6. Re-fit all pipes and fittings together again.
7. Use a pair of vice grips or pliers to hold the section being soldered. Holding the pipe with a tool too close to the piece being soldered will result in a poor solder joint because the metal tool will draw heat away from the joint. Keep the tool as far away from the heated section as possible.
8. Start heating the pipe one joint at a time. When the pipe is hot enough, touch the solder to the seam of the joint. The solder should flow freely and disappear into the joint. If it doesn't, keep heating until it does.
9. Wipe the joint with a wet towel to clean and set the joint properly.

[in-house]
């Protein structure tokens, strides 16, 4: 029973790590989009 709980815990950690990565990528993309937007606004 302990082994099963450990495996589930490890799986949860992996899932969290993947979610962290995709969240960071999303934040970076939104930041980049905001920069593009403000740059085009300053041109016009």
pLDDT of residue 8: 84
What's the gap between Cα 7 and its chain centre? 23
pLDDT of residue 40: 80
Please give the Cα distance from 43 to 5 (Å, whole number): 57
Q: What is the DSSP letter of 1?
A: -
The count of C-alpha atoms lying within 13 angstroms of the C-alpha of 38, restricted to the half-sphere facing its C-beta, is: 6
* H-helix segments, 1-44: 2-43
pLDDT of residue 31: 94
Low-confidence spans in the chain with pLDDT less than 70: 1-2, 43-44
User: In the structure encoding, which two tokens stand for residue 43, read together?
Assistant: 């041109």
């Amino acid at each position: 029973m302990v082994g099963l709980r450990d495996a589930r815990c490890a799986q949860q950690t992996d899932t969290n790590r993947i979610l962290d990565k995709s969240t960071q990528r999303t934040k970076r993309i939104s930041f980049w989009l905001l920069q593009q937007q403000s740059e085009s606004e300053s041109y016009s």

It would be a good idea to practice with sample pieces before beginning the actual project. A well soldered joint shouldn't have any voids in the solder line.
Try one joint, then look it over.
- If there are drips and runs inside the fitting, then you used too much solder.
- If the solder on the outside is lumpy, patchy, not a smooth and consistant run all the way round the joint, not enough heat was used.
- If the joints/pipes look scorched or burnt, then too much flux or heat was applied.
Thanks to Bob Q for contributing this article!
You can print this page and keep it with your solder torch